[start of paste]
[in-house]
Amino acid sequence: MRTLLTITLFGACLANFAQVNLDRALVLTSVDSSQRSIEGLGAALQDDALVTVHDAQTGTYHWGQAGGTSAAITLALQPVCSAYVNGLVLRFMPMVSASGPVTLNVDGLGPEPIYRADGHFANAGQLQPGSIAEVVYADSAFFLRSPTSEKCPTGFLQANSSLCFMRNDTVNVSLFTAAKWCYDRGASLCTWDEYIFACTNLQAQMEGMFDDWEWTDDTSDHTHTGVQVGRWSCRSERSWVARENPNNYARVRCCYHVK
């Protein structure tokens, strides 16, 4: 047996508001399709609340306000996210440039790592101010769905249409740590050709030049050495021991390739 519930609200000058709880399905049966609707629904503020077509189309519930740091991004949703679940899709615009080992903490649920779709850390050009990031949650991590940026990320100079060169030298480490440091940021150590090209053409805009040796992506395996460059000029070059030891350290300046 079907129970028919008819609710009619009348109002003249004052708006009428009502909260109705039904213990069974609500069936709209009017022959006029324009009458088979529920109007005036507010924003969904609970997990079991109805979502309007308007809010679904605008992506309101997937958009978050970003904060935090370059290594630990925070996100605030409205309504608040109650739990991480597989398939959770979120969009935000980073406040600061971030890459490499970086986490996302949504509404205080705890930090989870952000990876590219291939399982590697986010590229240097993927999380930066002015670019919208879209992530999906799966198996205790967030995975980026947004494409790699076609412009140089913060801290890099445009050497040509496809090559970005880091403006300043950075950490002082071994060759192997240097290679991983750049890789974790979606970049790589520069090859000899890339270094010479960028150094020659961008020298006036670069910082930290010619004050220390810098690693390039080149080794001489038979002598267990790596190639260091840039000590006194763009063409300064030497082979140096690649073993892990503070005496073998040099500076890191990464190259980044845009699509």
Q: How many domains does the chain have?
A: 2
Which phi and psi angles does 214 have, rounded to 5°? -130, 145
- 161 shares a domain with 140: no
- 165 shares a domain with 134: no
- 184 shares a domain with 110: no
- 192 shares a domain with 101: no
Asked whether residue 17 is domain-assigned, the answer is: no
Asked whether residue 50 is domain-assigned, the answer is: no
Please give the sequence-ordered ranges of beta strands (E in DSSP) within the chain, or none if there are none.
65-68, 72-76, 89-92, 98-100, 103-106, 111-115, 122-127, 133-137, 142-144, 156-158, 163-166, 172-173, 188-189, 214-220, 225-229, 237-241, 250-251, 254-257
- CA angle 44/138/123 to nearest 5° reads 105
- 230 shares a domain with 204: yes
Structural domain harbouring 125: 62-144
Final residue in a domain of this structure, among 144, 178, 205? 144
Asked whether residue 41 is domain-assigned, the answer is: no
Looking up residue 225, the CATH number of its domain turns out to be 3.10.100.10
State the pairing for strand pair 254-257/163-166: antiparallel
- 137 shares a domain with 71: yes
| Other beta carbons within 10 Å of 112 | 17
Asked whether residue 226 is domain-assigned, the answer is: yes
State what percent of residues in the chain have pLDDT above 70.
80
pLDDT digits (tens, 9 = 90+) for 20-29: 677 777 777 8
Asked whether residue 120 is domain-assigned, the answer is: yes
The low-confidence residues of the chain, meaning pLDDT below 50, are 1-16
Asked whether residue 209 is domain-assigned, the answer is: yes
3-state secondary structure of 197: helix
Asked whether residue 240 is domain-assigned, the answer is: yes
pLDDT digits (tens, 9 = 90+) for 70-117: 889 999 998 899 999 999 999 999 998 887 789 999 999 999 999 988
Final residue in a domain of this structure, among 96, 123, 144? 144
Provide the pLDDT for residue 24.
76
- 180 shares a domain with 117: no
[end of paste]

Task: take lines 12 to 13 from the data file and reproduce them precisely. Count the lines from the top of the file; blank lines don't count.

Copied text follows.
Asked whether residue 50 is domain-assigned, the answer is: no
Please give the sequence-ordered ranges of beta strands (E in DSSP) within the chain, or none if there are none.